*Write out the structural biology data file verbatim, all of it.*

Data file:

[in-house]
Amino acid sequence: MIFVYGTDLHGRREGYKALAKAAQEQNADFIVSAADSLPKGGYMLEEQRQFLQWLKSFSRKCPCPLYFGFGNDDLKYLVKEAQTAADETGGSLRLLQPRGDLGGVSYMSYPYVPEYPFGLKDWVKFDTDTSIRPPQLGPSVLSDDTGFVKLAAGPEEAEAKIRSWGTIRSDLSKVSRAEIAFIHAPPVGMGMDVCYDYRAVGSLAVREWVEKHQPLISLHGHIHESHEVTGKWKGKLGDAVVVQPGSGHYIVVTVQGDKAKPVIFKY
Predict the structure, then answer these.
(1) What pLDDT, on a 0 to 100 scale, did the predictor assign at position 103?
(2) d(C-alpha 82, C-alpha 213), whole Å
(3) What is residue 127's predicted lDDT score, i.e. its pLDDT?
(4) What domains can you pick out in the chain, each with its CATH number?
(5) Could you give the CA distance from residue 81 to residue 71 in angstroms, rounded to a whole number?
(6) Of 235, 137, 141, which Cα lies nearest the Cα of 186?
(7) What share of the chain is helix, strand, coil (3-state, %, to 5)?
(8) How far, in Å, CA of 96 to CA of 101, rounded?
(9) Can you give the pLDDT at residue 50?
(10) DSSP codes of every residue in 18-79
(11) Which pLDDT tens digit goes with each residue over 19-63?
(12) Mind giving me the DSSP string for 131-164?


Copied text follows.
[in-house]
Amino acid sequence: MIFVYGTDLHGRREGYKALAKAAQEQNADFIVSAADSLPKGGYMLEEQRQFLQWLKSFSRKCPCPLYFGFGNDDLKYLVKEAQTAADETGGSLRLLQPRGDLGGVSYMSYPYVPEYPFGLKDWVKFDTDTSIRPPQLGPSVLSDDTGFVKLAAGPEEAEAKIRSWGTIRSDLSKVSRAEIAFIHAPPVGMGMDVCYDYRAVGSLAVREWVEKHQPLISLHGHIHESHEVTGKWKGKLGDAVVVQPGSGHYIVVTVQGDKAKPVIFKY
Predict the structure, then answer these.
(1) What pLDDT, on a 0 to 100 scale, did the predictor assign at position 103?
(2) d(C-alpha 82, C-alpha 213), whole Å
(3) What is residue 127's predicted lDDT score, i.e. its pLDDT?
(4) What domains can you pick out in the chain, each with its CATH number?
(5) Could you give the CA distance from residue 81 to residue 71 in angstroms, rounded to a whole number?
(6) Of 235, 137, 141, which Cα lies nearest the Cα of 186?
(7) What share of the chain is helix, strand, coil (3-state, %, to 5)?
(8) How far, in Å, CA of 96 to CA of 101, rounded?
(9) Can you give the pLDDT at residue 50?
(10) DSSP codes of every residue in 18-79
(11) Which pLDDT tens digit goes with each residue over 19-63?
(12) Mind giving me the DSSP string for 131-164?